Friday morning, I headed back to CarpeDM tours, put a giant bundle of cash on the desk, and booked my trip to the Galapagos. Sure, it cost the same as a month of travel in Central America, but how often am I going to be in Ecuador? The trip goes from Monday the 30th, to Friday the 4th, and will cover most of the southern islands. During the trip, I’ll be eating all my meals and sleeping aboard the Merak, a recently renovated 16 meter sailboat. This is the beginning of the high season for Galapagos travel, which should mean an abundance of visible wildlife, including recently born sea lion pups. I can’t wait.
For now, though, I’m still taking in all that Quito has to offer. As the sun set yesterday, David, his family, and I went up to El Panacillo, the large hill toward the southern end of town. On top of the hill stands the large statue of La Virgen. Yesterday was the start of the celebrations of Quito’s Foundation (the actual Foundation day isn’t until Dec. 6, but Ecuadoreans know how to stretch out a party), and we got up to Panacillo just as the fireworks were being set off.
Afterwards, I was dropped off at The Secret Garden hostel, where I met up with some of my friends. My old buddy Matt, who I last saw in Guatemala was there, and we got to catch up a bit. A large group of people then decided to head out for some drinks on Calle La Ronda, a small street with a handful of bars. About 5 minutes into our walk from the hostel, we stopped and boarded a bus with a live band playing on the roof, and people with flags and whistles hanging off the back drinking cups full of Canelito (or Canelazo – a warm, spiced, alcoholic cider-ish drink). The bus dropped us off just a few blocks from La Ronda.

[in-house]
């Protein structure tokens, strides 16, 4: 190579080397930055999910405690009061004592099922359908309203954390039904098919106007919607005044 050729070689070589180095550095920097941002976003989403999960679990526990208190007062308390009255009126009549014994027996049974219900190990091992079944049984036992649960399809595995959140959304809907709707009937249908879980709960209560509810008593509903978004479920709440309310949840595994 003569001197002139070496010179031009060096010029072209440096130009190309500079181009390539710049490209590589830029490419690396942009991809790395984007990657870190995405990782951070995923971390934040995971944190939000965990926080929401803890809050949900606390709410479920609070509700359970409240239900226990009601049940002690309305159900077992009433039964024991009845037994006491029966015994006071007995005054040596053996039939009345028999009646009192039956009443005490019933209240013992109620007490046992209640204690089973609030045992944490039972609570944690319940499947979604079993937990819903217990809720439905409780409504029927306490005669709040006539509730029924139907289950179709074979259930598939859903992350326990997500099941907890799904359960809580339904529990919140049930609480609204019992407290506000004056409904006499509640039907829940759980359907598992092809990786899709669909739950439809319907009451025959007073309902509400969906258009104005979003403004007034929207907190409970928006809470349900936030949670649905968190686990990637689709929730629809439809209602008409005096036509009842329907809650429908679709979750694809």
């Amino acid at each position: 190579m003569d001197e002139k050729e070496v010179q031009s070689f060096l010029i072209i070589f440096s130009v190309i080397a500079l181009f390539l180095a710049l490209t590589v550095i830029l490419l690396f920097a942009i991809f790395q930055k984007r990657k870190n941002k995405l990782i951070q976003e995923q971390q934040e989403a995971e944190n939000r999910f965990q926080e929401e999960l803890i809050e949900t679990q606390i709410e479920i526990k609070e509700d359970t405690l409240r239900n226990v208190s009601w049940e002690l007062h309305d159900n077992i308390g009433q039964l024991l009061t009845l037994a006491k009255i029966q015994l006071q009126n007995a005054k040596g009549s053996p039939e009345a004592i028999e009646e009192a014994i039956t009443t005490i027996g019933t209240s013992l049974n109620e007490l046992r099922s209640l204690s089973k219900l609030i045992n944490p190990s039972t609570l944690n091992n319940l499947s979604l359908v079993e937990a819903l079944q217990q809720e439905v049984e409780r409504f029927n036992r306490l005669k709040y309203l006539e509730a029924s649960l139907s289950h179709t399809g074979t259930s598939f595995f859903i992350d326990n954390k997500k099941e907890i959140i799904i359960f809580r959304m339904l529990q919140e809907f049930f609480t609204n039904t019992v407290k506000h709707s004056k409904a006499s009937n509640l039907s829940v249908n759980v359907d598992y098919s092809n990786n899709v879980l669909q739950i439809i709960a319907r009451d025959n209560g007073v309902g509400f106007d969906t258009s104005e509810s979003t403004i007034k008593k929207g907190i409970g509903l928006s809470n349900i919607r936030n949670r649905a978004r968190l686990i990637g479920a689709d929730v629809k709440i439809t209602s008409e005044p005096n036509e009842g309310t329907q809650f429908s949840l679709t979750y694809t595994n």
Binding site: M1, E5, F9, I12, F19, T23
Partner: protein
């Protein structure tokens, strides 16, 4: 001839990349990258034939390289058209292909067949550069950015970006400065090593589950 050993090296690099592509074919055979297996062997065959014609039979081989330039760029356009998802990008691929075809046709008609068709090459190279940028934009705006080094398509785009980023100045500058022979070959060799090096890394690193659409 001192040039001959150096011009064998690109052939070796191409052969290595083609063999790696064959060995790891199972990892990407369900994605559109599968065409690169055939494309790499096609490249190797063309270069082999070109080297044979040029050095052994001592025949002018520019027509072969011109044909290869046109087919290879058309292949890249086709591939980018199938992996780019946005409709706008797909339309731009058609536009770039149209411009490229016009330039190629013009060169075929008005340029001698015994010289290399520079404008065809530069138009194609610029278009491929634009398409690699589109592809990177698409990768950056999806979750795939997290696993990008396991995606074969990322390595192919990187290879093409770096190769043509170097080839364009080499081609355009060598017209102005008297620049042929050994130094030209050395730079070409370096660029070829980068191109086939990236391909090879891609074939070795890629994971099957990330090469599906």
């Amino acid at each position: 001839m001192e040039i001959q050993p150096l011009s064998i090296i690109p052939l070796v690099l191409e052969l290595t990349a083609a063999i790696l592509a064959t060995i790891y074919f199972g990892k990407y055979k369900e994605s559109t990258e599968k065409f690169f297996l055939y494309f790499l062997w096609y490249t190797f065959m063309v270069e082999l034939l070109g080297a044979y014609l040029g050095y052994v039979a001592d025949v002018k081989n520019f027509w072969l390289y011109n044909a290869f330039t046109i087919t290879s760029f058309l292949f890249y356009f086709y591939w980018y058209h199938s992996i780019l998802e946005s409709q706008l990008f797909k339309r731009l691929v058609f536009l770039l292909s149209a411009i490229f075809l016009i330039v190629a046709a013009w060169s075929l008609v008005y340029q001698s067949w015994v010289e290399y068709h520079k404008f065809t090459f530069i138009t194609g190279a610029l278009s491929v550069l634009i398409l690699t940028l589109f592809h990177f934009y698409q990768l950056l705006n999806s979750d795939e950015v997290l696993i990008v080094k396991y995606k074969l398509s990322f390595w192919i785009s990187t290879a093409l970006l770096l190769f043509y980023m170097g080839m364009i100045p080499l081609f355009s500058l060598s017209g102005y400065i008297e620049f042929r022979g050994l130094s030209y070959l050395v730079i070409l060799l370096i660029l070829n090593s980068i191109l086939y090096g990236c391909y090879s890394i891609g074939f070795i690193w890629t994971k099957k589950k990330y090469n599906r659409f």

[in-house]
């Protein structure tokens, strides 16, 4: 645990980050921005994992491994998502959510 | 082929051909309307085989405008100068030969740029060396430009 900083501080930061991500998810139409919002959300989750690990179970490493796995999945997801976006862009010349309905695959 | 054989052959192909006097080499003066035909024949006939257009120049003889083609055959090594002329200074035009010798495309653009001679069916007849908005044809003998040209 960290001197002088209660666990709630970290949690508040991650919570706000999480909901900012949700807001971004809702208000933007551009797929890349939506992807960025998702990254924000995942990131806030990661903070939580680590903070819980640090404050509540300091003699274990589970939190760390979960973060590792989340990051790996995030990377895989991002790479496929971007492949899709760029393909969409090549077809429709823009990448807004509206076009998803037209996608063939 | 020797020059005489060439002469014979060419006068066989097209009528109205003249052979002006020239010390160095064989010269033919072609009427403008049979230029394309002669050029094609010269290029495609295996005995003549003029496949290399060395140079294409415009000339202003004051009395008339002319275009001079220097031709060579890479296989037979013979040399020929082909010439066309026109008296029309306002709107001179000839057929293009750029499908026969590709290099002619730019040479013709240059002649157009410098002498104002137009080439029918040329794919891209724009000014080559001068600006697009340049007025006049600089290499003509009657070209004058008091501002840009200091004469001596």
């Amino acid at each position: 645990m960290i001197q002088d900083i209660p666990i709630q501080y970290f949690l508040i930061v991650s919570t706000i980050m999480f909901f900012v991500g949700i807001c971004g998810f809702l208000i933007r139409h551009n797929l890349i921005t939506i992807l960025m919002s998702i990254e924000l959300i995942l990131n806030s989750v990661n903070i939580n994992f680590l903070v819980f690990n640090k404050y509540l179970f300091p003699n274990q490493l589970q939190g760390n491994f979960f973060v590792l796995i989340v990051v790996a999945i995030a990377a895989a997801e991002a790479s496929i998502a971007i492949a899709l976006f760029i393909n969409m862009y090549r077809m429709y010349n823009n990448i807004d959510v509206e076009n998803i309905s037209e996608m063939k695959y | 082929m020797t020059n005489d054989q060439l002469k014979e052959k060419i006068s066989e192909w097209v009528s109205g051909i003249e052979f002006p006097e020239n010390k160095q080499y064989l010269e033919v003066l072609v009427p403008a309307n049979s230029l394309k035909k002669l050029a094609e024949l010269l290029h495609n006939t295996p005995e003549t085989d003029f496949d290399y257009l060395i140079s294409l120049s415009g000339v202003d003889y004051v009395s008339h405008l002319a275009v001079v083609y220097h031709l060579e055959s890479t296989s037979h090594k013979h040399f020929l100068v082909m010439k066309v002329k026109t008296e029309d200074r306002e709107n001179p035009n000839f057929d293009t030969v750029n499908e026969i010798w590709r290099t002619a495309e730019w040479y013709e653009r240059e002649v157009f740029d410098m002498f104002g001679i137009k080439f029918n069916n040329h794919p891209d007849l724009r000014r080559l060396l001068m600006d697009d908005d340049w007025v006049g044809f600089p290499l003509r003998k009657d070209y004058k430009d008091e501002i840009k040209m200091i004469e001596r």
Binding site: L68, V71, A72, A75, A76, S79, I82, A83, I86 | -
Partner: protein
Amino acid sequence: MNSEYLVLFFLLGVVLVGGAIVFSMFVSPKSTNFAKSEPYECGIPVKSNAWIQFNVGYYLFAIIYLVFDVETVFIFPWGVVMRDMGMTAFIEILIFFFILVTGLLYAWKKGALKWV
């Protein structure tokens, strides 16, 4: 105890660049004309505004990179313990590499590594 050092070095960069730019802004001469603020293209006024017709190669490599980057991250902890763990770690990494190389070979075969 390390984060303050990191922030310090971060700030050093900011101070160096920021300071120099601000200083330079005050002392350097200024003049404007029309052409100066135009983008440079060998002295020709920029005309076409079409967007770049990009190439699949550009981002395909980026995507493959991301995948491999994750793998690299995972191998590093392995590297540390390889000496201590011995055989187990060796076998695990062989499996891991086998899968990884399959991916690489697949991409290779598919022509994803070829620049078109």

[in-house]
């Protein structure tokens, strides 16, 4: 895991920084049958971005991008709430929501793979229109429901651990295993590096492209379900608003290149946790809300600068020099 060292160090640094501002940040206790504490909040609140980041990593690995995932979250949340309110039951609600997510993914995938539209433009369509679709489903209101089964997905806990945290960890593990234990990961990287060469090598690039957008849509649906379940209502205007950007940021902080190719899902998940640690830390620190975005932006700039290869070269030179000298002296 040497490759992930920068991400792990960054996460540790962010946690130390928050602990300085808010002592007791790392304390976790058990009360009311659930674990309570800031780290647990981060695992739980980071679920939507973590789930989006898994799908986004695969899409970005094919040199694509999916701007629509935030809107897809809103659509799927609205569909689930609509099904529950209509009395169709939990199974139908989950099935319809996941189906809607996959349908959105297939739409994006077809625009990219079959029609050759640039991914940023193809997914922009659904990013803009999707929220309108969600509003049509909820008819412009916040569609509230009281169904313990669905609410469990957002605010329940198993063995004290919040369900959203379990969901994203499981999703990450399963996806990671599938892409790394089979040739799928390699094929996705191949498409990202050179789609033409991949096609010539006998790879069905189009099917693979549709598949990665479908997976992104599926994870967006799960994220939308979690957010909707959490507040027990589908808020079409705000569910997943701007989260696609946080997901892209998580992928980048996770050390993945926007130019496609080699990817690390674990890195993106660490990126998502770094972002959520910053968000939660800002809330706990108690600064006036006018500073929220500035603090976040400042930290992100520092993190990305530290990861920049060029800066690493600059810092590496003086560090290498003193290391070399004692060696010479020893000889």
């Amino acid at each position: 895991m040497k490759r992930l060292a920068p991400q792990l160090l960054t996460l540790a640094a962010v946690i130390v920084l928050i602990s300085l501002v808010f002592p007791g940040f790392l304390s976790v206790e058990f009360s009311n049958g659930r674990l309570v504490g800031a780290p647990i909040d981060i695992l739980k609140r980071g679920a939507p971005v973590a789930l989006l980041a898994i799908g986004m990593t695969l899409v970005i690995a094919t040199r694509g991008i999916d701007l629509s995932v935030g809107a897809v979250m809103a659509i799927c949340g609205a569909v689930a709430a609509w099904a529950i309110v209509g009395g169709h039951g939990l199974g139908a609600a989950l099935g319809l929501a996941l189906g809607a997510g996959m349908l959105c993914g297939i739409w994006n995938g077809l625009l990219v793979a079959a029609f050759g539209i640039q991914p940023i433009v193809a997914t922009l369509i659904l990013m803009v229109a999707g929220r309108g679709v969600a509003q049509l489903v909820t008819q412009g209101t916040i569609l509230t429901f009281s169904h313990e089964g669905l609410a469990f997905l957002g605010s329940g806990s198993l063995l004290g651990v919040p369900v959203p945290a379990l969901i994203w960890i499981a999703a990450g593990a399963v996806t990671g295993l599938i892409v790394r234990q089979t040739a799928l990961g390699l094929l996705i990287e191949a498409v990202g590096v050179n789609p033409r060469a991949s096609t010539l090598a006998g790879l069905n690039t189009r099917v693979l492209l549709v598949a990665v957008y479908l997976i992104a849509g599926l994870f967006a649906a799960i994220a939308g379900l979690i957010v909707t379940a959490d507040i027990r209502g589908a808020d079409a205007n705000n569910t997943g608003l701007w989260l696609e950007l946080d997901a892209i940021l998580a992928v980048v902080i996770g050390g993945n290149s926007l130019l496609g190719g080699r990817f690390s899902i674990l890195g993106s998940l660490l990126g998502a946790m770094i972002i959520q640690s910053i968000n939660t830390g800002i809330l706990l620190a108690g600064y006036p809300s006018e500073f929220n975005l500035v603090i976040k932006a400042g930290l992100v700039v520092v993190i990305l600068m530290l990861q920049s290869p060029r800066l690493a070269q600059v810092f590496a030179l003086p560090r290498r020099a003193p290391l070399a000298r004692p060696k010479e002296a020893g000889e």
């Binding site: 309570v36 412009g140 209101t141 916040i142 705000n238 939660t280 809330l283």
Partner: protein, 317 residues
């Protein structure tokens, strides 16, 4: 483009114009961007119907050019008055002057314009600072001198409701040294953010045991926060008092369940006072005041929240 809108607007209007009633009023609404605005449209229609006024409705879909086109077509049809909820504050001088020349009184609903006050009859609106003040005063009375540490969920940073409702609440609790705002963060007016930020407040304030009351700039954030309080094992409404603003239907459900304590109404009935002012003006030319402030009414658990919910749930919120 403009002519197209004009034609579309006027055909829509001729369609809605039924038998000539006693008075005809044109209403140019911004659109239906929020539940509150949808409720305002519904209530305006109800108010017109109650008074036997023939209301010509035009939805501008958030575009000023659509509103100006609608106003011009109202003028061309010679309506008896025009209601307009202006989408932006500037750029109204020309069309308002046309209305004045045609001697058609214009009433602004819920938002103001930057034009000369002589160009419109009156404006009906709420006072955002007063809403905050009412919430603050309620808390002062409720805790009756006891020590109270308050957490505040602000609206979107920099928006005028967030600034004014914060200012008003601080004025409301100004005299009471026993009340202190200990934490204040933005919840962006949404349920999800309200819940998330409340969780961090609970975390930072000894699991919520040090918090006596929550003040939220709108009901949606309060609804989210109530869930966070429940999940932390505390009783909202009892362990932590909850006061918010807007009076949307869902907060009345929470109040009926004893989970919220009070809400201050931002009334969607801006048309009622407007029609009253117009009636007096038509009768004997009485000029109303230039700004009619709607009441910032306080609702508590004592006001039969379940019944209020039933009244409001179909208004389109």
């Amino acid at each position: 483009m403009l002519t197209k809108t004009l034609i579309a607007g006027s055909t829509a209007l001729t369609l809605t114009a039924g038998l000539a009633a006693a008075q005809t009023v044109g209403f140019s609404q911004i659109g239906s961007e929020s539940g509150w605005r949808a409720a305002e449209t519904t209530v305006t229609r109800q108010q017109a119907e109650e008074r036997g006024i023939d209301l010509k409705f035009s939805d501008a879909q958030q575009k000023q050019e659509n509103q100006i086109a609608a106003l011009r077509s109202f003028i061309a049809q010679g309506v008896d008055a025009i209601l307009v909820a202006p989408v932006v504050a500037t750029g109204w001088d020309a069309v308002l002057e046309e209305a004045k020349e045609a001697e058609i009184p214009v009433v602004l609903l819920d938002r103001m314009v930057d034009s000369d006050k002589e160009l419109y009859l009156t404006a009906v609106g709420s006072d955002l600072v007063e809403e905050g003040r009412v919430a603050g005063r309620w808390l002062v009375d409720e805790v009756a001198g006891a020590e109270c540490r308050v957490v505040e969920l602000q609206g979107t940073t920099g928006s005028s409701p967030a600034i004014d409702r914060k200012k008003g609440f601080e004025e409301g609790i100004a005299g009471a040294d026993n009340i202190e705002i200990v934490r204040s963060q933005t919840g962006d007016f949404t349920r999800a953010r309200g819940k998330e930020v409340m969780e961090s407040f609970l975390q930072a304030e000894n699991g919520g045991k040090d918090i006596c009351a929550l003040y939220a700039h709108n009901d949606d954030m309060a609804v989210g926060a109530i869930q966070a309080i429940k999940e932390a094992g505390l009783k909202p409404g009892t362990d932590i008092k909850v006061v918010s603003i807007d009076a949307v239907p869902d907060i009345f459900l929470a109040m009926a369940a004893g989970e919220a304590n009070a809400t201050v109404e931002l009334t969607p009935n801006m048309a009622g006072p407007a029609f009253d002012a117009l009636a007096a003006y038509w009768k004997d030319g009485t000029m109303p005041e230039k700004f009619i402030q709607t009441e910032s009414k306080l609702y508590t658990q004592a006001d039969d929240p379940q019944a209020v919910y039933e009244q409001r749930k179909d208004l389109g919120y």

La Ronda proved to be a ton of fun. There were plenty of bars and restaurants lining the narrow cobbled pedestrian street. We stayed at one with a live band for a good portion of the night. La Ronda was a nice change of pace from the Gringo-only bar we went to in the New City. Ecuadoreans are incredibly friendly, and very generous with their Canelito.
Today, I went with David’s family to see their new house, which is still being finished. Unfortunately, I only got to see the outside (which is very nice), as the person they were supposed to meet there never showed up with the key. David and I then headed off to Plaza de Toros for my first bullfight. I didn’t know what to expect. A lot of my friends from the hostel went to a bullfight the day before, and opinions ranged from distate to absolute disgust. Even many of the locals I’ve talked don’t feel comfortable about the way the bull is treated, but going to the bullfight is a long standing tradition, and I was ready to take it in.
By the end of the day, the show on the ground hardly mattered. The atmosphere in the crowd was the real attraction. There was plenty of drinking, delicious empanadas, lots of chanting, singing, shouting and general merry-making. We even got to see a former Queen of Quito (part of the Foundation day celebrations include the crowning of a Quito Beauty Queen) sitting two rows in front of us. I don’t know if I’m in a rush to get to another bullfight, but I did have a great time.
Afterwards, David and I met up with Andrea at a nearby steakhouse, where I had a sampler plate of traditional meats, which in Ecuador means liver, kidney, heart, blood sausage and intestine. Unsurprisingly, I found all of it delicious. Of course, the generous portions of conventional steak and pork were great too.
I don’t what tomorrow will bring during the day, but the night will likely be a quiet one, as I need to get up early for my Monday morning flight to the Galapagos!